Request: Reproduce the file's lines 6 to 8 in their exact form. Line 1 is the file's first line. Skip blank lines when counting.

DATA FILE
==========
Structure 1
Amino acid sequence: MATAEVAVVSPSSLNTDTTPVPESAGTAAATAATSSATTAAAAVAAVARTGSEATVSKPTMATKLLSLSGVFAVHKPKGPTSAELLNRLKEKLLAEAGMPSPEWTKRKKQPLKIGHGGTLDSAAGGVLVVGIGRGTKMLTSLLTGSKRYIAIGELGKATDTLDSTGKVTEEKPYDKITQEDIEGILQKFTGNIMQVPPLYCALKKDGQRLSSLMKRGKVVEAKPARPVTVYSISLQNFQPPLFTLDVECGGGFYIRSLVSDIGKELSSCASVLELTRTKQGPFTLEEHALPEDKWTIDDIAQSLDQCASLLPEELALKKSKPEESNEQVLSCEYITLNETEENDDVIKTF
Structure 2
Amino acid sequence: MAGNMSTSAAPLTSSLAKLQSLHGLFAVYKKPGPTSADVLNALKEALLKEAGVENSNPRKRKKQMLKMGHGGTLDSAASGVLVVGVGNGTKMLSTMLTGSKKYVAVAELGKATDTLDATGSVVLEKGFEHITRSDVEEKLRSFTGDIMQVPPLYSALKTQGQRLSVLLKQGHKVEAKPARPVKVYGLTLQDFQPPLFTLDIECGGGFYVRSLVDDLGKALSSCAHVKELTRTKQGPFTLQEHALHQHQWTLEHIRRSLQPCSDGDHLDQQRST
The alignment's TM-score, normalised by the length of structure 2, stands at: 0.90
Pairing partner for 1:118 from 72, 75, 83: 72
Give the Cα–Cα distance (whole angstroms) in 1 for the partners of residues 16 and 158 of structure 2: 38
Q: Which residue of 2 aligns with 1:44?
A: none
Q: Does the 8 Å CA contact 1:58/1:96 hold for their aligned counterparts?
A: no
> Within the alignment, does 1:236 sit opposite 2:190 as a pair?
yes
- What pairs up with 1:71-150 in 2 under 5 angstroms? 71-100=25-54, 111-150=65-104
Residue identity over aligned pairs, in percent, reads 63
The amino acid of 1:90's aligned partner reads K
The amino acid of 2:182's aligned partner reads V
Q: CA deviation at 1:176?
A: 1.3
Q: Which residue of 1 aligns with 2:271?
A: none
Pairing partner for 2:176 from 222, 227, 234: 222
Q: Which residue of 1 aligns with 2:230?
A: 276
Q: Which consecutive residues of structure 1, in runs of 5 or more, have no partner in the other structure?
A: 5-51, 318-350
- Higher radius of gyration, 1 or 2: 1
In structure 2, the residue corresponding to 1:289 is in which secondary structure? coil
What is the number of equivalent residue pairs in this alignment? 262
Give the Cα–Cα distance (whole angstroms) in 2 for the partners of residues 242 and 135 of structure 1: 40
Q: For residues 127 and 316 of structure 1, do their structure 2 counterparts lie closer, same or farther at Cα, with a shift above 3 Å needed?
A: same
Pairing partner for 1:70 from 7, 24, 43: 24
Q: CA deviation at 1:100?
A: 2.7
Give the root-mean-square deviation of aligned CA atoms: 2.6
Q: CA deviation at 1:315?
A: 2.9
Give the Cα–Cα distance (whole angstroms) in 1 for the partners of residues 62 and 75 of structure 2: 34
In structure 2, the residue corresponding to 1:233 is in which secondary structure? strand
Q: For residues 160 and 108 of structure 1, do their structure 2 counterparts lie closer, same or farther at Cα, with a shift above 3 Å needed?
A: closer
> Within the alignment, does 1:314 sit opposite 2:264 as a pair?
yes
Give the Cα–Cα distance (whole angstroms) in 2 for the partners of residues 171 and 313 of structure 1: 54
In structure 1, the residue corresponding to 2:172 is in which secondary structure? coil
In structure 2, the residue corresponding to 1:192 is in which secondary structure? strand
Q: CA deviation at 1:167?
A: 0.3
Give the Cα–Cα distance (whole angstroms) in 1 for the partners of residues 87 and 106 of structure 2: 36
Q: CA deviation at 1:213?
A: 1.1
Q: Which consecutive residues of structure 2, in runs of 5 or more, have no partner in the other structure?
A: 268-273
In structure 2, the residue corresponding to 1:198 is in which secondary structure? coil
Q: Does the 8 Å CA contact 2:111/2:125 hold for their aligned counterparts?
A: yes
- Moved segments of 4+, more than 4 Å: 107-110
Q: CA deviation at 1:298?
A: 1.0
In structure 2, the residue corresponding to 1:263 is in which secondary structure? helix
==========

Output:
Pairing partner for 1:118 from 72, 75, 83: 72
Give the Cα–Cα distance (whole angstroms) in 1 for the partners of residues 16 and 158 of structure 2: 38
Q: Which residue of 2 aligns with 1:44?